Diagnosing Performance Issues and 504 Timeouts

14 min read

IMPORTANT

Unlike a 502 error, where PHP or Nginx may be down, 504 errors almost never indicate an issue with the server stack. 504 errors indicate a:

  • Hardware/resource issue
  • Proxy or CDN issue
  • Codebase issue inside your website (plugins/themes)
  • Non-optimal PHP worker settings (the exception to the "not a server stack" issue rule, and easy to fix).

Introduction

504 Gateway Timeout errors are one of the most common performance-related errors.

In a nutshell, they occur when a server “didn’t receive a response from an upstream server it needed to access in order to complete the request“.
Source:  Internet Engineering Task Force

The messaging that displays with your 504 error may vary, but the variations don’t indicate any specific issues. Here are a few common examples:

  • HTTP Error 504
  • HTTP Error 504 – Gateway Timeout
  • HTTP 504
  • 504 Gateway Timeout
  • 504 Gateway Timeout NGINX
  • NGINX 504 Gateway Timeout
  • This page isn’t working – Domain took too long to respond – HTTP 504 Error
  • 504 Gateway Time-out – The server didn’t respond in time

What Causes a 504 Error?

This may indicate either a resource shortage on your server due to high traffic or an attack (server overload), that you have a proxy/CDN issue, or that your site needs to be optimized and/or has code base errors.

For example, if you have a multisite and multiple people editing their websites all at the same time, you may experience fleeting 504 errors.

Or, if you have a website that experiences ongoing 504 timeouts, you may have a long-running request caused by a plugin or a code conflict. If combined with misconfigured PHP workers, you could be “clogging” up your server with numerous long-running requests.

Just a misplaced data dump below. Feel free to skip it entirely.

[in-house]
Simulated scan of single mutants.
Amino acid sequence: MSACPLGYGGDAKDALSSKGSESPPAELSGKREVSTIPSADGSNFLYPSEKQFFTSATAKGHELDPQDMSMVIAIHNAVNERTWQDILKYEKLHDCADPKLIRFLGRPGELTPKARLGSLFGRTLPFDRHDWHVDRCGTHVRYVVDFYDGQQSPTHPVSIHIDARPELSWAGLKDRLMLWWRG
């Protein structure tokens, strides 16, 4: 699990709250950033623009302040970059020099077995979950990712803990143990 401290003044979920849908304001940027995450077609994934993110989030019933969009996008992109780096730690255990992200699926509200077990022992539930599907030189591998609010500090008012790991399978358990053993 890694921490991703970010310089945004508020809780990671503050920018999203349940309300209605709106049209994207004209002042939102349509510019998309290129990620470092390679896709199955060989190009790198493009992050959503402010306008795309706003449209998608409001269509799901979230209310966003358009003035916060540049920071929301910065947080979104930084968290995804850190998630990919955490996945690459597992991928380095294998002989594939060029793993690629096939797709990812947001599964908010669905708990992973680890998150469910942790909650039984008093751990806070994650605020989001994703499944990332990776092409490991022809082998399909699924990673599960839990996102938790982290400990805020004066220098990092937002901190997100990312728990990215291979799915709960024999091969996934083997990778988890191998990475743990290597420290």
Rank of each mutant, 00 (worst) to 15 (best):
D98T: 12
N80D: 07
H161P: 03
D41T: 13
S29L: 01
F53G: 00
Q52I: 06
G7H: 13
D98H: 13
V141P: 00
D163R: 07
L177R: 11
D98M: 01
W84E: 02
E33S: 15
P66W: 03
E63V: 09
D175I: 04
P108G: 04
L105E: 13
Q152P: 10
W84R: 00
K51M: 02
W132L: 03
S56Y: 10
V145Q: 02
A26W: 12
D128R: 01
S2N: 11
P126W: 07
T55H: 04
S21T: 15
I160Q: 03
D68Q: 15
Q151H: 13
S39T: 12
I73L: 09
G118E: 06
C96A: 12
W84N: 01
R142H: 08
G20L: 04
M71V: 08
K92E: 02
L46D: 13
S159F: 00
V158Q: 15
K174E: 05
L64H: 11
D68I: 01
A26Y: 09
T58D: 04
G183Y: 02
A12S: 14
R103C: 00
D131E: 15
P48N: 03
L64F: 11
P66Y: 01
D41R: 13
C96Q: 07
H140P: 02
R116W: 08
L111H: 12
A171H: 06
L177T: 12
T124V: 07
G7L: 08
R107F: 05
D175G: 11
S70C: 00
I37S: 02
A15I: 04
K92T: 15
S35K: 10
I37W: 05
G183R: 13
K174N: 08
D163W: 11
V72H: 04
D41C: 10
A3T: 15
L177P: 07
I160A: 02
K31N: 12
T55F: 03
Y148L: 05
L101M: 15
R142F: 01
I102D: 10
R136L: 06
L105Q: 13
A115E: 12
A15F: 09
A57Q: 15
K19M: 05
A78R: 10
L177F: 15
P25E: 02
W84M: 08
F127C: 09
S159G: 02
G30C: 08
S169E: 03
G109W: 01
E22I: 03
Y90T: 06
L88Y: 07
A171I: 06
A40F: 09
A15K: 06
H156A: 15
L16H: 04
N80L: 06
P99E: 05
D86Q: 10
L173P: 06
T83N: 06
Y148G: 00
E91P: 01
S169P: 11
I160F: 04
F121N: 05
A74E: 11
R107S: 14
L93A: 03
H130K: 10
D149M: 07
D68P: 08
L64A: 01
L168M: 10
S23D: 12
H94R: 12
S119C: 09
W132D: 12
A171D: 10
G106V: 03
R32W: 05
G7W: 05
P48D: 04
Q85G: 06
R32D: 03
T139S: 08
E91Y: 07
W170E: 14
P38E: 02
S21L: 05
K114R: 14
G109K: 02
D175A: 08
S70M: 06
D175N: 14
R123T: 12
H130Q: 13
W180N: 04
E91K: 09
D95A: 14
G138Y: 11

But my Codebase hasn’t changed?

If you’re keeping your website up-to-date, your codebase regularly changes, even if you aren’t adding new plugins. Updates can cause conflicts. Also, if any of your plugins connect to an external service, this can sometimes lead to issues if there’s a disconnect or a failed transfer of any kind.

504 Debug

Below is a step-by-step checklist to diagnose your 504 errors by quickly narrowing down the root of the cause.

Plugins and 504 Errors

Plugins we've seen to be directly responsible for 504 errors in some cases include Blogvault, MalCare, and Rankmath Pro. We've also seen a conflict with Learndash and Oxygen cause 504s. We will update this article with more information as it becomes available. The cause of these errors is often fixed in future updates.

Step 1. Check Monit 

First, head to your Servers page in your account and open up Monit for the server you’re having trouble with by clicking on the pie chart icon:

Does the server look healthy? Here we’re looking for anything highlighted in red, and specifically at the CPU and RAM usage at the very top. Here’s a healthy example:

This will tell you a lot about what’s going on inside your server. A common thing we see is disk space being over 90% full and starving the servers processes of memory, which in turn causes temporary 504 errors.

Here you need to determine whether or not you have the resources available for your server to run efficiently. If your server is all green, proceed to step 2.

SYSTEM: High CPU and RAM usage

These are indicators that your server is experiencing a heavy amount of processes, which could mean: –

  1. One or more of your websites is extremely busy (whether it be real traffic or bot traffic)
  2. You’re experiencing a DDOS or brute force attack
  3. You have noisy neighbours on your server that are stealing your resources.

If you’re experiencing high CPU and RAM usage, proceed to step 4.

PROCESSES: Nginx, MySQL or PHP are busy

If one of your services is busy – e.g. your PHP version, Nginx, or MySQL, then this may be the root cause of your timeouts – the server is there, but visitors can’t retrieve any information because your services are locked up in other long running tasks.

These need to be fixed – either by restarting them, or allocating more memory to them so they can do what they need to do.